Does your 2008 plan include events to attend? And I mean those industry events everyone attends and for which you need to pack your bags and travel, not virtual trade shows or seminars. Well, my company’s includes quite a few, about 7 this year or maybe more. While planning these events, I have spoken to organizer, our own team, others who have attended such events and have come to quite a few conclusions that I thought I could share.
First of all, let’s start with the type of event you’ll be dealing with. There are two major ones: those dedicated to exhibiting and those dedicated to networking. While the approach is different, most have speaking opportunities and sponsorship packages. You can run into a never-ending list of patter combinations, mixing conferences, exhibition halls, workshops and one on one meetings. Add some spicy parties and you have it all.
Always keep in mind why you are attending
You can find press representatives, potential partners, potential customers and the competition at such events. If you’re there to “gather intel”, than you should be everywhere, listen to everything and see all new cool toys being displayed. If you’re there to network, then don’t put to much effort into your exhibition booth, you won’t be there much anyway. You’ll be busy holding presentations, meeting people and talking to them. If you’re there to catch the eye of the end-user, have a cool booth, contests, and focus on driving them to your booth rather than attending conferences or seeing other companies.
If you’re there for the awareness; want to be a sponsor, speak and promote your product, keep one thing in mind though: some events require you to be an exhibitor before even thinking to sponsor anything. It sucks, but there’s always the option of getting the minimum accepted exhibition space. Don’t waste your time on the booth if your sponsorship requires you to create buzz around a different section of the exhibiting hall.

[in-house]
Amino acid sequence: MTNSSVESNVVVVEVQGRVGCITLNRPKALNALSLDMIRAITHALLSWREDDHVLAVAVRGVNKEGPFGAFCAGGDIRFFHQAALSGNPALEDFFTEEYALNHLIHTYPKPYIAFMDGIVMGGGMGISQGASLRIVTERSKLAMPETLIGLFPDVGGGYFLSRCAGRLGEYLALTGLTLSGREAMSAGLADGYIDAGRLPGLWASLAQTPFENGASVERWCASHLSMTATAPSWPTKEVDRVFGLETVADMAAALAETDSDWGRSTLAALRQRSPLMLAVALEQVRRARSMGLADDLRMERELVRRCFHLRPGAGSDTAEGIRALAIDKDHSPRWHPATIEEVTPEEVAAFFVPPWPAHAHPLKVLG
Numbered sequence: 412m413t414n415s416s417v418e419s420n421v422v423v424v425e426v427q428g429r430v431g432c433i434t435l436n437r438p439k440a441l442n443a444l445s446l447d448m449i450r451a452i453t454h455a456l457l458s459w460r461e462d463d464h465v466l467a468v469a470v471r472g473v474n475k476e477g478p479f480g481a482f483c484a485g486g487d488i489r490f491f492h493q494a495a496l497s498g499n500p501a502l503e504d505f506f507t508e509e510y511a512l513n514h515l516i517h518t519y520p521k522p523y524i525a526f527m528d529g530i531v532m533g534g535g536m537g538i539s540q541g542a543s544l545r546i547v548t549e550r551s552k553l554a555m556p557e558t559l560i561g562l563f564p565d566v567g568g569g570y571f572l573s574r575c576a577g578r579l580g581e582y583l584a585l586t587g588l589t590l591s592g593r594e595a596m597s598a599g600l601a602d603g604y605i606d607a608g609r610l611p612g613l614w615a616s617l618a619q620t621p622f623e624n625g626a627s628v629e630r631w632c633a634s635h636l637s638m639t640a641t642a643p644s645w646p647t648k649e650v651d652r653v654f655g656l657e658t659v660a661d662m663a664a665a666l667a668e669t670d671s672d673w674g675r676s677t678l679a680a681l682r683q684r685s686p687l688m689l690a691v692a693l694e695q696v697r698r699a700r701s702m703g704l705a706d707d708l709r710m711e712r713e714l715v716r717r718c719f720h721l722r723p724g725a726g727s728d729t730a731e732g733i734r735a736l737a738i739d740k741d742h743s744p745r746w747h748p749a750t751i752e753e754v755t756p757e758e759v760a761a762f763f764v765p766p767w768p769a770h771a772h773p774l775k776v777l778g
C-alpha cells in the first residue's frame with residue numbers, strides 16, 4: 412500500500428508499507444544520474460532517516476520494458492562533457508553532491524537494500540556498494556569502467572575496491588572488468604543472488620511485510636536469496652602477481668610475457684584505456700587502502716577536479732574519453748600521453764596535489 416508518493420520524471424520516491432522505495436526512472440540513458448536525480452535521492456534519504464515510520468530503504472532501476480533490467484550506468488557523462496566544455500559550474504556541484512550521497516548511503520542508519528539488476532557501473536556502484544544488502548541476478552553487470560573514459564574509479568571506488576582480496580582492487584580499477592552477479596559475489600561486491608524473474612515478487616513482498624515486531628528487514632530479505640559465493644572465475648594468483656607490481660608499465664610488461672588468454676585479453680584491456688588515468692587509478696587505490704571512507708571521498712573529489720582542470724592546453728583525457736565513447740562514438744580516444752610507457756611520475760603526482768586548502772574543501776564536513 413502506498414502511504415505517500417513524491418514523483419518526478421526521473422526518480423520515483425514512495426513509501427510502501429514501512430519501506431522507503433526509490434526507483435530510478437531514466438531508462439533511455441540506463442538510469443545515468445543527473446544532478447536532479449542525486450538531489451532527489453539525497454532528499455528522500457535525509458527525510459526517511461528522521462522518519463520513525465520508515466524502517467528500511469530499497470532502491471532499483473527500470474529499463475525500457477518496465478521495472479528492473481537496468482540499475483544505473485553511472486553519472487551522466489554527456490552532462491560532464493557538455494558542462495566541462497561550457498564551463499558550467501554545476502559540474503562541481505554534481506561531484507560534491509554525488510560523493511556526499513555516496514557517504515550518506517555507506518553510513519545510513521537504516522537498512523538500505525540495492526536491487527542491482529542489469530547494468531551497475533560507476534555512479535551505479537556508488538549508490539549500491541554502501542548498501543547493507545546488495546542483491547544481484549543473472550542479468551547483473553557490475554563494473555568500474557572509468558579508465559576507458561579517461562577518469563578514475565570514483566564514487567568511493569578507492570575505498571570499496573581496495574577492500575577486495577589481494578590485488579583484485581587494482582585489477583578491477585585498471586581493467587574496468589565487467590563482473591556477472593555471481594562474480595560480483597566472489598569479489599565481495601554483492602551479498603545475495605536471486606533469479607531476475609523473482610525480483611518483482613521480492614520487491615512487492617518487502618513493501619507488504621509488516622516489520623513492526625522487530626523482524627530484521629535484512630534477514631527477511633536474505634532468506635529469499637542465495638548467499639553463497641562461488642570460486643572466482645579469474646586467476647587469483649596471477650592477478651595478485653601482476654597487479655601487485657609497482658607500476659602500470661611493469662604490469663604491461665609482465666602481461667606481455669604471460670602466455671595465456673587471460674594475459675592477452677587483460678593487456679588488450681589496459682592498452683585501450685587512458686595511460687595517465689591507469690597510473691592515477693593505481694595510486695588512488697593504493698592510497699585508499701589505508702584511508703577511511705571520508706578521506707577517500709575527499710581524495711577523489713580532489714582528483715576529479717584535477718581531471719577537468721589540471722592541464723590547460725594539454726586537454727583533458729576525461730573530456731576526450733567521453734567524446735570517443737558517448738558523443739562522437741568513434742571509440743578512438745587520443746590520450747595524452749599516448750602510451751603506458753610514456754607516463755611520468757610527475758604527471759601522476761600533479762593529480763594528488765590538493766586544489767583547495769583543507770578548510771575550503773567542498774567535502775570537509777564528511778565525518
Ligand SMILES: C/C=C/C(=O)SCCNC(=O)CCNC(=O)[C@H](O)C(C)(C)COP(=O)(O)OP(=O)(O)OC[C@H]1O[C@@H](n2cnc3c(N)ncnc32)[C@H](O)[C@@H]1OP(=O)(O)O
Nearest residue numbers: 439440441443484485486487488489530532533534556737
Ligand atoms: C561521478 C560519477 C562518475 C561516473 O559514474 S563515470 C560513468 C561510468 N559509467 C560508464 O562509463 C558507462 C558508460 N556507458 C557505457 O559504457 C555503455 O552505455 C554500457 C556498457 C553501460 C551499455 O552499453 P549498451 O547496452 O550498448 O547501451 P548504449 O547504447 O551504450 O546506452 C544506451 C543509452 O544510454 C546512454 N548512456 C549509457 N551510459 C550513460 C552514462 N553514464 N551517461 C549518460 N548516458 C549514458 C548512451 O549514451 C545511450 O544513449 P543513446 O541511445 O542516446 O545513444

Don’t Expect the Organizers to Promote Their Event to You
For some reason, probably the fact that everybody chooses the famous event and they all want to be there, there are organizers that aren’t doing much to get your money. If you’re not coming, someone else is. They send out short replies that don’t always contain all the information you had hoped for. Don’t take it the wrong way, the information is there, if you search their site long enough, to see who’s attending, how many of those attending in the past are coming again. You can also use a search engine or go through press archives to see how they covered the event in question.
Ask Millions of Questions
This conclusion is the logical result of the one above. If you don’t ask, they don’t always tell. So make sure you ask all the questions you can think of, as the vast majority of answers will translate in advantages and benefits, if you put them to good use. Ask about the magazines and news papers they are thinking to invite, or for a list of participants, sometimes it might be available a few days before the event. This will help you let the journalists in question know you’re coming and have something interesting to say and to plan all the meetings you’d like to book.
If you’d like to do something, but it’s not on their list, ask anyhow. If they’re smart and you have a great idea, they might help you put it into practice. Besides, if there’s no rule against something, that means it might be possible to do it. You can later negotiate conditions
I am sure many of you have encountered similar issues in your activity. What would you add to my list? What conclusions have you reached that might help others better plan and benefit from their attendance?